When it comes to dealing with the global coronavirus pandemic, some countries are handling things better than others. To date, there are about 16 countries that have zero—or nearly zero—COVID-19 cases, according to the website EndCoronavirus. These are the countries that have beaten COVID-19—at least so far.
Describing itself as a “volunteer coalition of over 4,000 scientists, community organizers, business owners, and individuals,” EndCoronavirus collates a massive amount of coronavirus data and classifies countries and regions according to how well they are handling the pandemic. “Green countries” are those that are considered to have successfully contained, or are close to containing, the virus. This is evidenced by a maintained rate of zero or near-zero new coronavirus cases per day. As early September, 16 countries have been marked as frontrunners in the race to beat COVID-19 completely.
Topping the list is the Holy See, a country under the jurisdiction of the pope of the Catholic Church, which has seen 125 consecutive days of zero COVID-19 cases. Following the Holy See is Saint Kitts and Nevis, in the West Indies, and Kosovo, in Southeast Europe, with 60 and 14 straight days disease-free, respectively.
Timor-Leste, Cambodia, and Brunei make up the rest of the top six countries included in the green-zone but have seen one new case each in the last 14 days. Monaco, Thailand, and Fiji have recently experienced spikes in their number of cases, but compared to other countries, they’re still within the green-zone range at about two to three cases per nation. Liechtenstein, Djibouti, Niger, San Marino, and Taiwan have had fewer than 10 new cases each in the last 14 days. Mongolia, Mauritius, and Barbados, the final three countries marked as green zones, have had less than 20 new cases each in the past two weeks. They are among the countries on track to beat COVID-19 completely.
Considering Mongolia shares a border with China, where the virus originated, its response to the virus has been impressive.
According to EndCoronavirus’s criteria, green-zone rankings are based on the absolute number of cases in a specific region, rather than per capita cases. As explained in the site’s FAQ, “When it comes to eliminating the virus, the number of new cases per day must be zero. The fraction of the population that is infected is not what matters. If a country has 100 new cases per day, that provides many routes for the virus to spread. It does not matter whether the population is 1,000,000 or 10,000,000.”
New Zealand, previously lauded for having no locally acquired cases of COVID-19 since May, was hit by a sudden coronavirus resurgence last month. It has suffered 54 new cases in the last 14 days, causing the country to be bumped down to “yellow country” status. This means it can still be expected to return to zero cases within a reasonable period of time.
Despite this, New Zealand can still be considered a country beating the virus based on a low rate of new cases per day, averaged over the last week. On Sept. 21, New Zealand ended all pandemic restrictions for areas outside of Auckland, as Prime Minister Jacinda Ardern said, “Our actions collectively have managed to get the virus under control.”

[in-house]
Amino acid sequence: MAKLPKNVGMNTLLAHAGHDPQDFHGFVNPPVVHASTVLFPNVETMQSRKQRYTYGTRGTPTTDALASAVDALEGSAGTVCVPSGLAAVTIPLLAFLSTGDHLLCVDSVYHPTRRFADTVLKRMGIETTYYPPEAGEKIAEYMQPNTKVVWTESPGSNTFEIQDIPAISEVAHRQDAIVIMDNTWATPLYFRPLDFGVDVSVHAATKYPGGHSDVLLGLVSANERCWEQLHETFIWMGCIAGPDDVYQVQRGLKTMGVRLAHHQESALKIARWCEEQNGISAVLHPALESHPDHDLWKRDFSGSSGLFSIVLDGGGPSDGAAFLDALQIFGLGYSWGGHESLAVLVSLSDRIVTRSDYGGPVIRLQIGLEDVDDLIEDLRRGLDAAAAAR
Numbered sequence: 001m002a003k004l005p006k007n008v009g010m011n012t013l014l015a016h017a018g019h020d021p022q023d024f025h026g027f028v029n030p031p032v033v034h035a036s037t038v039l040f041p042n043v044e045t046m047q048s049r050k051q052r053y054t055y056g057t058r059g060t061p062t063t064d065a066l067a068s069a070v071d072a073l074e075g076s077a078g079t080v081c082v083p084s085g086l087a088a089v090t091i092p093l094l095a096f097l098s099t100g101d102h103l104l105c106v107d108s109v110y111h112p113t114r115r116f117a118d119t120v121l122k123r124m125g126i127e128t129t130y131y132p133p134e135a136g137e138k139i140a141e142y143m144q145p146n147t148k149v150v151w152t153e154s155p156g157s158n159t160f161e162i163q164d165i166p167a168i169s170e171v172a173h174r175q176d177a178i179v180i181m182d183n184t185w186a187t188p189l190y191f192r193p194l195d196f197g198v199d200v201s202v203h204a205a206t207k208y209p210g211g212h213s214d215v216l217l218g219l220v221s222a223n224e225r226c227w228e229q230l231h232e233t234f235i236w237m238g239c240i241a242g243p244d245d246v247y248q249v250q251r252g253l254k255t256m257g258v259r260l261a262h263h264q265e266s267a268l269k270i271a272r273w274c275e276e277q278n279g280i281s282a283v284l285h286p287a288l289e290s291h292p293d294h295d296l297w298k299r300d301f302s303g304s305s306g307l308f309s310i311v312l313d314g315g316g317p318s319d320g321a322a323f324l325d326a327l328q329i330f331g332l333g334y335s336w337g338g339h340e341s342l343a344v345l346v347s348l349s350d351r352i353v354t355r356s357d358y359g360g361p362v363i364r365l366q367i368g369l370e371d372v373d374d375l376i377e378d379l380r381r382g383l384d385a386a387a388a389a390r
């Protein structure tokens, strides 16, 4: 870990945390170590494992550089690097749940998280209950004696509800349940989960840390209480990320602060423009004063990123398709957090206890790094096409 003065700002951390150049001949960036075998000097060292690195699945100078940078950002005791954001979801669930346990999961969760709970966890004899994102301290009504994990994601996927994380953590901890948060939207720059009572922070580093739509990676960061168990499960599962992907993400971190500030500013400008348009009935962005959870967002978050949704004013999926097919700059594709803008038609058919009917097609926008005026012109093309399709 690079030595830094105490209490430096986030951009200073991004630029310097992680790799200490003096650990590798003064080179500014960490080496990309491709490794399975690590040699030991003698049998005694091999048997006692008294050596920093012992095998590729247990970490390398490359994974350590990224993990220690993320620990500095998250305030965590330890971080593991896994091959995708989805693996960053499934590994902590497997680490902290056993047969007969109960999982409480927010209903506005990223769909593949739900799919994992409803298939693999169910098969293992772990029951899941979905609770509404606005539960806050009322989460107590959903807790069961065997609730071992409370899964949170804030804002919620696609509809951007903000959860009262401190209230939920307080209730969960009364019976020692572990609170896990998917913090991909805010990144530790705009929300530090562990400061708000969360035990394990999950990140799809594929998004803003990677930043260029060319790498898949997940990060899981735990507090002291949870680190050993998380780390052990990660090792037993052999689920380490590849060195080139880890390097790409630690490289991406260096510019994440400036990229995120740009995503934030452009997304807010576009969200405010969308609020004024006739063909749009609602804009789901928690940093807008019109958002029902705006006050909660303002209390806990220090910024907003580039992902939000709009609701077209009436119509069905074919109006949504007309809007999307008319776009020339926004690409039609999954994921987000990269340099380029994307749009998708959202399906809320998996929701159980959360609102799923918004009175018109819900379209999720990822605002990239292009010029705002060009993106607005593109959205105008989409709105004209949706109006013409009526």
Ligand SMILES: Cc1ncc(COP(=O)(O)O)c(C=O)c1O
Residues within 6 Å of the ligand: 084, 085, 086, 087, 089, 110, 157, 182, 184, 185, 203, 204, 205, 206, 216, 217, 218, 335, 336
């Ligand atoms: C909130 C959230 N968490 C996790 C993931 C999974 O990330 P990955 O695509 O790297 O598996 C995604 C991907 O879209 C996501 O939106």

Other countries with cases on a downward trajectory—but not necessarily topping the green-zone ranking—include Andorra, Bhutan, Cyprus, Dominica, Estonia, Iceland, Latvia, Malaysia, Mali, Somalia, Sri Lanka, and Vietnam.
In contrast, the U.S. is zoned as a “red country.” Red countries are nations with increasing coronavirus numbers, steady infection numbers, or numbers that are diminishing at a slow rate. The U.S. had 539,446 new COVID-19 cases in the last 14 days.
What are the 10 countries most affected by COVID-19, and how are they doing?
The U.S. is among the countries most affected by the virus, as of Sept. 9. Data is based on a country having more than 1 million inhabitants and its reported number of deaths per 100,000 people.
Even though the U.S. has reported more than 6 million cases and over 180,000 deaths so far, its five day moving average is actually on the decline. This illustrates a hope for flattening the curve. Other countries that are most affected but still show signs of flattening the curve include Brazil, Ecuador, Mexico, Bolivia, Colombia, Argentina, and Peru. India and Iran—which have over 4 million and 300,000 total cases and more than 70,000 and 20,000 deaths, respectively—are headed in the opposite direction, with new case numbers apparently on the rise.
How long will it take countries to beat COVID-19?
EndCoronavirus has many resources and strategies advising what can be done to reach zero new coronavirus cases, but most are things we already know: strict lockdown protocols, strict travel restrictions, massive testing, and masks. “Things will get worse before they get better, but we can win by anticipating it and going all out,” the site reads. “Once we do, we can stop it in 5 weeks.”
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